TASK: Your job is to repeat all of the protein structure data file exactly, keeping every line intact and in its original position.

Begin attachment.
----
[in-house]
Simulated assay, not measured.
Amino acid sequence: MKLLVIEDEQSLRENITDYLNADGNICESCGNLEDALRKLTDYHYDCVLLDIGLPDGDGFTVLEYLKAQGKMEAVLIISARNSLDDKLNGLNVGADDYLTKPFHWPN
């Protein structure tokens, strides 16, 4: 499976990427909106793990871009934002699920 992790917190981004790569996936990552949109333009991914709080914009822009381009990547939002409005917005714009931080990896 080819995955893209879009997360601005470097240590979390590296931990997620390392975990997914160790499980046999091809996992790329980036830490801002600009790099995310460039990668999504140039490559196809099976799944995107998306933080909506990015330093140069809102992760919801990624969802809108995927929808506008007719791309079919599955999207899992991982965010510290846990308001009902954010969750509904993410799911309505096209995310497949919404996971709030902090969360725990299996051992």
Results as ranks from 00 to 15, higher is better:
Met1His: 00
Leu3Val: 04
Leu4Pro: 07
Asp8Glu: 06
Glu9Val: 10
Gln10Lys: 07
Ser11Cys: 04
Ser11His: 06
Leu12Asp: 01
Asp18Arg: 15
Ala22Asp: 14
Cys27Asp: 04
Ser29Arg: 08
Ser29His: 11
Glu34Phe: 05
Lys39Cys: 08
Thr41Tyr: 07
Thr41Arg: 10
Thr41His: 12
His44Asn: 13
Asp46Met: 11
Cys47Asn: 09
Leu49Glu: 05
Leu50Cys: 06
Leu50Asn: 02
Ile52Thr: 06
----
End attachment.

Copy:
[in-house]
Simulated assay, not measured.
Amino acid sequence: MKLLVIEDEQSLRENITDYLNADGNICESCGNLEDALRKLTDYHYDCVLLDIGLPDGDGFTVLEYLKAQGKMEAVLIISARNSLDDKLNGLNVGADDYLTKPFHWPN
């Protein structure tokens, strides 16, 4: 499976990427909106793990871009934002699920 992790917190981004790569996936990552949109333009991914709080914009822009381009990547939002409005917005714009931080990896 080819995955893209879009997360601005470097240590979390590296931990997620390392975990997914160790499980046999091809996992790329980036830490801002600009790099995310460039990668999504140039490559196809099976799944995107998306933080909506990015330093140069809102992760919801990624969802809108995927929808506008007719791309079919599955999207899992991982965010510290846990308001009902954010969750509904993410799911309505096209995310497949919404996971709030902090969360725990299996051992």
Results as ranks from 00 to 15, higher is better:
Met1His: 00
Leu3Val: 04
Leu4Pro: 07
Asp8Glu: 06
Glu9Val: 10
Gln10Lys: 07
Ser11Cys: 04
Ser11His: 06
Leu12Asp: 01
Asp18Arg: 15
Ala22Asp: 14
Cys27Asp: 04
Ser29Arg: 08
Ser29His: 11
Glu34Phe: 05
Lys39Cys: 08
Thr41Tyr: 07
Thr41Arg: 10
Thr41His: 12
His44Asn: 13
Asp46Met: 11
Cys47Asn: 09
Leu49Glu: 05
Leu50Cys: 06
Leu50Asn: 02
Ile52Thr: 06